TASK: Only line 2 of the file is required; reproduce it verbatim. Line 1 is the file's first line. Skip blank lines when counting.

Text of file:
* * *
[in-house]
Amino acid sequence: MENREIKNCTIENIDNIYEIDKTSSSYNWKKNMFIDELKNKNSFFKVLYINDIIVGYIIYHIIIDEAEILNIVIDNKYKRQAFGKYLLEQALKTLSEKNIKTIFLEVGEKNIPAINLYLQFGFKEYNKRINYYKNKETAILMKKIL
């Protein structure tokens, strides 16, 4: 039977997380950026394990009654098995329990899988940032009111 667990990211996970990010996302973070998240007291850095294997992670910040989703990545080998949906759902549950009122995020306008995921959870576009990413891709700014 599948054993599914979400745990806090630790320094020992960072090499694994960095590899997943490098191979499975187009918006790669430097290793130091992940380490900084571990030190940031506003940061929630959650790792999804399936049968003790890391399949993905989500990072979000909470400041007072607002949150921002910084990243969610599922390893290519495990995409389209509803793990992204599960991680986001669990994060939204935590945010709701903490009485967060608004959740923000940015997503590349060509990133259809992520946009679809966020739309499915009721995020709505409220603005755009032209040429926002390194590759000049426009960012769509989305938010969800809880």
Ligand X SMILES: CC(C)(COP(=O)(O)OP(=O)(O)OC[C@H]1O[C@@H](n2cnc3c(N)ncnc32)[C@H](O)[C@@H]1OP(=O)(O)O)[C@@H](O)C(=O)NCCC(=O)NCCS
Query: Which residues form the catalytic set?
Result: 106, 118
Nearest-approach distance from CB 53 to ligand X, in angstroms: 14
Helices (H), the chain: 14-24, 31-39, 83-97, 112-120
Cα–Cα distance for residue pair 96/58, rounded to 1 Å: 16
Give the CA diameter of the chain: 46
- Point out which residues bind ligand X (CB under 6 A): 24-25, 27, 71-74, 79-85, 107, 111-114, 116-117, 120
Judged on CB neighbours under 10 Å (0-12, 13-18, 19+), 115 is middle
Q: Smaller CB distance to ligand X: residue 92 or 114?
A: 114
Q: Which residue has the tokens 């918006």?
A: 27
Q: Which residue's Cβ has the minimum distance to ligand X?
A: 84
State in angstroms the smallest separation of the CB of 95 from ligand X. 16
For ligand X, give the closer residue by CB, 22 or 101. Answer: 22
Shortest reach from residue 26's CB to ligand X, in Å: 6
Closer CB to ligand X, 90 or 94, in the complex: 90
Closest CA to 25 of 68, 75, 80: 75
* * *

Amino acid sequence: MENREIKNCTIENIDNIYEIDKTSSSYNWKKNMFIDELKNKNSFFKVLYINDIIVGYIIYHIIIDEAEILNIVIDNKYKRQAFGKYLLEQALKTLSEKNIKTIFLEVGEKNIPAINLYLQFGFKEYNKRINYYKNKETAILMKKIL